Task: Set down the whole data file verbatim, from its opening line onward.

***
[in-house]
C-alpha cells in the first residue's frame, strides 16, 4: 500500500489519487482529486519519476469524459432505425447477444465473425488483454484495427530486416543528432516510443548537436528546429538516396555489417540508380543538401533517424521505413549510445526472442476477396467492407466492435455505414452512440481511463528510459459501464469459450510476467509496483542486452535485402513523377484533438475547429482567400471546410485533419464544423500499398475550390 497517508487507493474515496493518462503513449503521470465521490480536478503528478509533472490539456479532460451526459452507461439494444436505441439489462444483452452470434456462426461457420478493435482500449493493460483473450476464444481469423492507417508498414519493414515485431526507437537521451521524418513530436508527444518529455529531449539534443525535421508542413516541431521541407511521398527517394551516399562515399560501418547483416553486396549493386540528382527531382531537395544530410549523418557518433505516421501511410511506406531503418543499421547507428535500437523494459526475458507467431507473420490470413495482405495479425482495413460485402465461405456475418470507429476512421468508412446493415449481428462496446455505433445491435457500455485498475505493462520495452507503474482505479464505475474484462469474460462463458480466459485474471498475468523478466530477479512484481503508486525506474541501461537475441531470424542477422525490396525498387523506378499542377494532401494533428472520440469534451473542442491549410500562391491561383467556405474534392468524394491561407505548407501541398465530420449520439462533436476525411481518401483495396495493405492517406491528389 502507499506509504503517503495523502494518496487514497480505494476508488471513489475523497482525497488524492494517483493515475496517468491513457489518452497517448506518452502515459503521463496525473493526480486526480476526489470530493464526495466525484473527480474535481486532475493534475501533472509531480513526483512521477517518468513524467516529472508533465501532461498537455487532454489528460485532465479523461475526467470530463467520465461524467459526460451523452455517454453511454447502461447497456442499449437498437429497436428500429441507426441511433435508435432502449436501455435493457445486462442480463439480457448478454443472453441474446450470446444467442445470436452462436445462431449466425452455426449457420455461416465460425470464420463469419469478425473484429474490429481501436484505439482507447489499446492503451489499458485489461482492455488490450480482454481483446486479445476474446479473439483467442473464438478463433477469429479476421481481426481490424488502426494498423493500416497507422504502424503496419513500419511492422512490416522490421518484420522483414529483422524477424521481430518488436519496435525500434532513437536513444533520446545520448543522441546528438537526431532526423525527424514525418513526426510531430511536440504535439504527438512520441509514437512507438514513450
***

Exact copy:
[in-house]
C-alpha cells in the first residue's frame, strides 16, 4: 500500500489519487482529486519519476469524459432505425447477444465473425488483454484495427530486416543528432516510443548537436528546429538516396555489417540508380543538401533517424521505413549510445526472442476477396467492407466492435455505414452512440481511463528510459459501464469459450510476467509496483542486452535485402513523377484533438475547429482567400471546410485533419464544423500499398475550390 497517508487507493474515496493518462503513449503521470465521490480536478503528478509533472490539456479532460451526459452507461439494444436505441439489462444483452452470434456462426461457420478493435482500449493493460483473450476464444481469423492507417508498414519493414515485431526507437537521451521524418513530436508527444518529455529531449539534443525535421508542413516541431521541407511521398527517394551516399562515399560501418547483416553486396549493386540528382527531382531537395544530410549523418557518433505516421501511410511506406531503418543499421547507428535500437523494459526475458507467431507473420490470413495482405495479425482495413460485402465461405456475418470507429476512421468508412446493415449481428462496446455505433445491435457500455485498475505493462520495452507503474482505479464505475474484462469474460462463458480466459485474471498475468523478466530477479512484481503508486525506474541501461537475441531470424542477422525490396525498387523506378499542377494532401494533428472520440469534451473542442491549410500562391491561383467556405474534392468524394491561407505548407501541398465530420449520439462533436476525411481518401483495396495493405492517406491528389 502507499506509504503517503495523502494518496487514497480505494476508488471513489475523497482525497488524492494517483493515475496517468491513457489518452497517448506518452502515459503521463496525473493526480486526480476526489470530493464526495466525484473527480474535481486532475493534475501533472509531480513526483512521477517518468513524467516529472508533465501532461498537455487532454489528460485532465479523461475526467470530463467520465461524467459526460451523452455517454453511454447502461447497456442499449437498437429497436428500429441507426441511433435508435432502449436501455435493457445486462442480463439480457448478454443472453441474446450470446444467442445470436452462436445462431449466425452455426449457420455461416465460425470464420463469419469478425473484429474490429481501436484505439482507447489499446492503451489499458485489461482492455488490450480482454481483446486479445476474446479473439483467442473464438478463433477469429479476421481481426481490424488502426494498423493500416497507422504502424503496419513500419511492422512490416522490421518484420522483414529483422524477424521481430518488436519496435525500434532513437536513444533520446545520448543522441546528438537526431532526423525527424514525418513526426510531430511536440504535439504527438512520441509514437512507438514513450